The scoring system for both races is identical, with the points being awarded according to the following format: 25-18-15-12-10-8-6-4-2-1. There aren’t any extra points awarded for the fastest race lap or the pole position and there also aren’t any void results.


Prior to each race, the drivers have to contest a 20-minute qualifying session. It’s up to the driver to decide how many laps he is going to complete and how many of the sets of tyres available to him he is going to use. The pole is secured by the driver who set the fastest lap time.


Every driver will have available a certain number of Hankook Ventus slicks and wets for a DTM race meeting, comprising practice session, qualifying sessions and races. On the first day of the respective event, the tyres are raffled off to the competitors by the scrutineers. For the two qualifying sessions and the two races, every driver has six fresh sets of tyres at his disposal and it’s up to him when and how he uses these sets.


Two races are contested per weekend, with the scoring system for both races being identical. The race on Saturday lasts 40 minutes and the drivers haven’t to come in for an obligatory pit stop. The duration of the Sunday race adds up to 60 minutes and every driver must come in for an obligatory stop. During this pit stop, all the four tyres have to be changed. 

Safety Car

The safety car is used for avoiding race stoppages. When the safety car is ordered to go out, all the marshals show waved yellow flags and the shield ‘SC until the safety car is back in the pit lane. The safety car goes out onto the track with activated flashing lights and takes the position in front of the race leader. On the lap when the safety car will return to the pit lane, the yellow flashing lights are switched off. After the crossing of the finish line, accompanied by the showing of the green flag, the race is on again. Overtaking and coming in for obligatory pit stops during safety-car periods is prohibited.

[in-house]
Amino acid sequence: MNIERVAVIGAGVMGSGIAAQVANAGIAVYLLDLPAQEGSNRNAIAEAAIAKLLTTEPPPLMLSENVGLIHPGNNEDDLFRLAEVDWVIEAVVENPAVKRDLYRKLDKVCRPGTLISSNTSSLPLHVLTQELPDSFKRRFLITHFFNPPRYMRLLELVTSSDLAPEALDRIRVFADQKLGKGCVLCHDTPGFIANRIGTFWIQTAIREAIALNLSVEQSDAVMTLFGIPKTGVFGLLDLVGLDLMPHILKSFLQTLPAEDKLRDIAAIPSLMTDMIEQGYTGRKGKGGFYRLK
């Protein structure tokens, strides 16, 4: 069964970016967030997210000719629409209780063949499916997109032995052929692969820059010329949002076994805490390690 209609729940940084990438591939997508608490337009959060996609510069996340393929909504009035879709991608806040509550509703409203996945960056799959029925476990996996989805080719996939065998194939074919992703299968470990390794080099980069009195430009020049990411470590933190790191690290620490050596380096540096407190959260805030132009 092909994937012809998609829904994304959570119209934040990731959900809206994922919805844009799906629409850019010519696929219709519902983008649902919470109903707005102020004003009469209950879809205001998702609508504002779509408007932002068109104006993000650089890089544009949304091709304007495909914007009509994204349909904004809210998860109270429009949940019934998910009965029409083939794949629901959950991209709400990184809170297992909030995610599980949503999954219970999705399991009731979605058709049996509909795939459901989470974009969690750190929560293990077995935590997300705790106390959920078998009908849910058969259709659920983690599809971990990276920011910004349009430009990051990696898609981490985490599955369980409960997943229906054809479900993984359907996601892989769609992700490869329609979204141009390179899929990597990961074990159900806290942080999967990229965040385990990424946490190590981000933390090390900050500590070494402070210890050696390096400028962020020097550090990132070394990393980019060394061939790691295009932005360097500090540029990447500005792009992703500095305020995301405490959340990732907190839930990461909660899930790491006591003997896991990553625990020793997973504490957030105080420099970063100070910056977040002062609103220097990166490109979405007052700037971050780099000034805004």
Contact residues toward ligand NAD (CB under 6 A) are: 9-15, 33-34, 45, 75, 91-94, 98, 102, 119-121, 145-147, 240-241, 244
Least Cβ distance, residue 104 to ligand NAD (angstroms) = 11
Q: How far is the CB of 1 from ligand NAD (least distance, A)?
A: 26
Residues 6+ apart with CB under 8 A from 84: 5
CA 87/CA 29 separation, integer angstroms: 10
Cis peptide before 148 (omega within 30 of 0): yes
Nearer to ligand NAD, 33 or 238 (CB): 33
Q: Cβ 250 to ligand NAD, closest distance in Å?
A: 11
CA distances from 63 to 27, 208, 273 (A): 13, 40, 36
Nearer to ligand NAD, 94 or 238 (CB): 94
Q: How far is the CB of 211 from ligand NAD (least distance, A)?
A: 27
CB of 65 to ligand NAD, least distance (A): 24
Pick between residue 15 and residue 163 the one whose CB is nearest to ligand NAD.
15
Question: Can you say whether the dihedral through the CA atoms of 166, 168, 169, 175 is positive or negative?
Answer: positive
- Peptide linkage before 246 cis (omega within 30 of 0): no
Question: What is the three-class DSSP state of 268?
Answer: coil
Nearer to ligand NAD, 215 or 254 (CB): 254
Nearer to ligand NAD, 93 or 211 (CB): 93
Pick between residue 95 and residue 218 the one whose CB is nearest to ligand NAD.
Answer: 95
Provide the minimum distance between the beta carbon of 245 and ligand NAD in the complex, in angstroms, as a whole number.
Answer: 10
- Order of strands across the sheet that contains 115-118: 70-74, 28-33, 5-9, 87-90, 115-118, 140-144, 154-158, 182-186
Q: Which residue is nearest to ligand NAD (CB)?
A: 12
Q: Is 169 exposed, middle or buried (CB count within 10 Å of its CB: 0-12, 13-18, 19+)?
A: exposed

Slow Zones

The track is divided into several sections, each of them starting in or right after slow corners. When a car gets off the track, the other drivers are informed by yellow flags, warning displays, light signals and a countdown on the display in their cars when approaching the relevant section. When they cross the yellow slow zone line, overtaking is forbidden in this section and an 80kph speed limit is in force. To make driving easier, there is a button on the steering wheel working like the cruise control in a production car and making observing speed limit easier. is observed, just like with a regular cruise control. When the recovery of the stranded car has been finished, drivers are informed by green flags and light signals that they can accelerate to race speed again.


The standing-start format is used for both races. The starting grid is formed on staggered rows and according to the result of the respective qualifying session. Prior to the start, the field completes a formation lap that is completed by the drivers in the starting-grid order. During this lap, the drivers work on getting their tyres and brakes to working temperature. Overtaking is prohibited. Cameras survey every single slot on the starting grid to detect any jump start. Jump starts are penalised with drive-thru penalties. 


Prior to the 2015 season, every driver was allowed to select his number. The drivers will keep these numbers throughout their DTM careers. In exceptional cases, however, change requests will be allowed for. The #1 remains reserved for the reigning champion.  


During the entire event, the pit-lane speed limit amounts to 80kph. There are exceptions for particularly narrow pit lanes such as the one of the Norisring where the pit-lane speed is limited to 60kph. 

Crash recorder

All the cars of the latest generation have to be equipped with crash recorder. The competitors are obligated to enable the scrutineers to readout the control crash recorders at any time. 


DTM comprises three season rankings: the title DTM Champion is awarded the driver with the biggest number of points on his tally. The title DTM Team Champion is secured by the team whose two drivers jointly scored the biggest number of points. And all drivers of a brand who made it to the top 10, in a race, score points for the title DTM Brand Champion.